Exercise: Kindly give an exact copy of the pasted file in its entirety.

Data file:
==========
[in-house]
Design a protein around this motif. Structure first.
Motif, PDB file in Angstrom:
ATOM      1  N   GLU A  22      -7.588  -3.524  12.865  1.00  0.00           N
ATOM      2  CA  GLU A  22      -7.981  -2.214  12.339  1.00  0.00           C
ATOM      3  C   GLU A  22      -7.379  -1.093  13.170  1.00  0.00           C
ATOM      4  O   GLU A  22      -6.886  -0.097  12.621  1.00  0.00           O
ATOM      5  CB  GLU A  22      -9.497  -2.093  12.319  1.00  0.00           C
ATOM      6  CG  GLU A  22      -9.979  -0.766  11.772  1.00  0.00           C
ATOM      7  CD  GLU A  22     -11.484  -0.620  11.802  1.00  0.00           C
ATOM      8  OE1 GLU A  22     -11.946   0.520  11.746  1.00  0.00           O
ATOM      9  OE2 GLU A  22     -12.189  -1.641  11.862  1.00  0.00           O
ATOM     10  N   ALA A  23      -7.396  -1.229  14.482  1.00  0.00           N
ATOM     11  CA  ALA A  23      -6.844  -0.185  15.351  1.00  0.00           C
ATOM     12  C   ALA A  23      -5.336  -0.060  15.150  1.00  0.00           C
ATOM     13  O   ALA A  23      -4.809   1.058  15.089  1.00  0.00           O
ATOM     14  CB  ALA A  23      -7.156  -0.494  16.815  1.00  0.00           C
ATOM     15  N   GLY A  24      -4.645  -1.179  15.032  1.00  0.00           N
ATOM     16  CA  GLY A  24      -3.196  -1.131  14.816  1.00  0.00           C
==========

[in-house]
Design a protein around this motif. Structure first.
Motif, PDB file in Angstrom:
ATOM      1  N   GLU A  22      -7.588  -3.524  12.865  1.00  0.00           N
ATOM      2  CA  GLU A  22      -7.981  -2.214  12.339  1.00  0.00           C
ATOM      3  C   GLU A  22      -7.379  -1.093  13.170  1.00  0.00           C
ATOM      4  O   GLU A  22      -6.886  -0.097  12.621  1.00  0.00           O
ATOM      5  CB  GLU A  22      -9.497  -2.093  12.319  1.00  0.00           C
ATOM      6  CG  GLU A  22      -9.979  -0.766  11.772  1.00  0.00           C
ATOM      7  CD  GLU A  22     -11.484  -0.620  11.802  1.00  0.00           C
ATOM      8  OE1 GLU A  22     -11.946   0.520  11.746  1.00  0.00           O
ATOM      9  OE2 GLU A  22     -12.189  -1.641  11.862  1.00  0.00           O
ATOM     10  N   ALA A  23      -7.396  -1.229  14.482  1.00  0.00           N
ATOM     11  CA  ALA A  23      -6.844  -0.185  15.351  1.00  0.00           C
ATOM     12  C   ALA A  23      -5.336  -0.060  15.150  1.00  0.00           C
ATOM     13  O   ALA A  23      -4.809   1.058  15.089  1.00  0.00           O
ATOM     14  CB  ALA A  23      -7.156  -0.494  16.815  1.00  0.00           C
ATOM     15  N   GLY A  24      -4.645  -1.179  15.032  1.00  0.00           N
ATOM     16  CA  GLY A  24      -3.196  -1.131  14.816  1.00  0.00           C